The common weed, stinging nettle, significantly relieves the pain of arthritis sufferers according to a recent study. Stinging nettle (Urtica dioica) has been used as a pain-relieving folk remedy for centuries, but until recently, there has only been anecdotal evidence in favor of using nettle.
The study used a method called ‘urtication,’ in which fresh stinging nettle is applied to the painful area. The exact scientific mechanism by which urticatioin works is still unclear. Scientists theorize that compounds in nettle — serotonin and histamine — may be responsible. These neuro-transmitters send and receive signals to the brain and act on nerve endings to block the transmission and perception of pain.
The study, carried out at the University of Plymouth in the U.K., is the first scientific one of its kind. In it stinging nettle leaves were applied on 27 osteoarthritis sufferers’ hands for a week. None of the participants had used nettle before, although some were taking conventional treatments such as pain relievers and anti-inflammatories. Half the patients applied stinging nettles, while the other half used a placebo, a non-stinging plant called white deadnettle. Standard pain assessment scales were used to measure results, and each patient kept a ‘pain diary.’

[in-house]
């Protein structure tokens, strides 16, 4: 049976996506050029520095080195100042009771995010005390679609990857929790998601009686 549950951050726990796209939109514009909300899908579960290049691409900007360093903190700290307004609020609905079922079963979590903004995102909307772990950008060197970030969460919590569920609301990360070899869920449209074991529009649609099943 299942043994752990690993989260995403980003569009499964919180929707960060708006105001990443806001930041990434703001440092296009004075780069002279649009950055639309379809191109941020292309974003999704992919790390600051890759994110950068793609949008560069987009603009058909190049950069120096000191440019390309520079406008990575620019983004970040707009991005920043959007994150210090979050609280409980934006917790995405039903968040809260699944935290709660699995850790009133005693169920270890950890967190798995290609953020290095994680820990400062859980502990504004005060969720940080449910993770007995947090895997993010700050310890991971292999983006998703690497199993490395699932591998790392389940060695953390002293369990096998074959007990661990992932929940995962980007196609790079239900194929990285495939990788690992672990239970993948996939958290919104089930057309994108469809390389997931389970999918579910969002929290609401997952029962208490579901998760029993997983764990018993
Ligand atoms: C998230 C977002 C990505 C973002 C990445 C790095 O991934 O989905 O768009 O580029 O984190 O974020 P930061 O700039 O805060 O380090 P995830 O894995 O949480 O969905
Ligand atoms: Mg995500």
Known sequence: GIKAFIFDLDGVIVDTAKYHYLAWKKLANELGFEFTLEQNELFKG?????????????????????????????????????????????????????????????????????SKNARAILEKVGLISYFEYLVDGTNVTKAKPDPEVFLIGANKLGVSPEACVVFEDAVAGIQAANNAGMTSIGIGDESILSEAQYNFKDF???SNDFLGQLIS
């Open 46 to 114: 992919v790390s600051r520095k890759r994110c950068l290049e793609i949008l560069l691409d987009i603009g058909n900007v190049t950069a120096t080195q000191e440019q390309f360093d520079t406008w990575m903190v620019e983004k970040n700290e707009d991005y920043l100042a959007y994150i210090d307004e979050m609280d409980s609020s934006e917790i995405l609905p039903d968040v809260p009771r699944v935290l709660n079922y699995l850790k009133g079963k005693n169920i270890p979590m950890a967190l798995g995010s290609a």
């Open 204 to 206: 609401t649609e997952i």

Dr. Colin Randall led the team, which found that stinging nettles not only significantly reduced pain, but also kept the pain level lower throughout most of the treatment. The only possible side effects were welts caused by the sting, but a majority of patients found this acceptable. In fact 63% expressed a desire to try the new therapy again after the study ended. “The potential of this treatment deserves further research,” concluded Dr. Randall.
Source: Royal Society of Medicine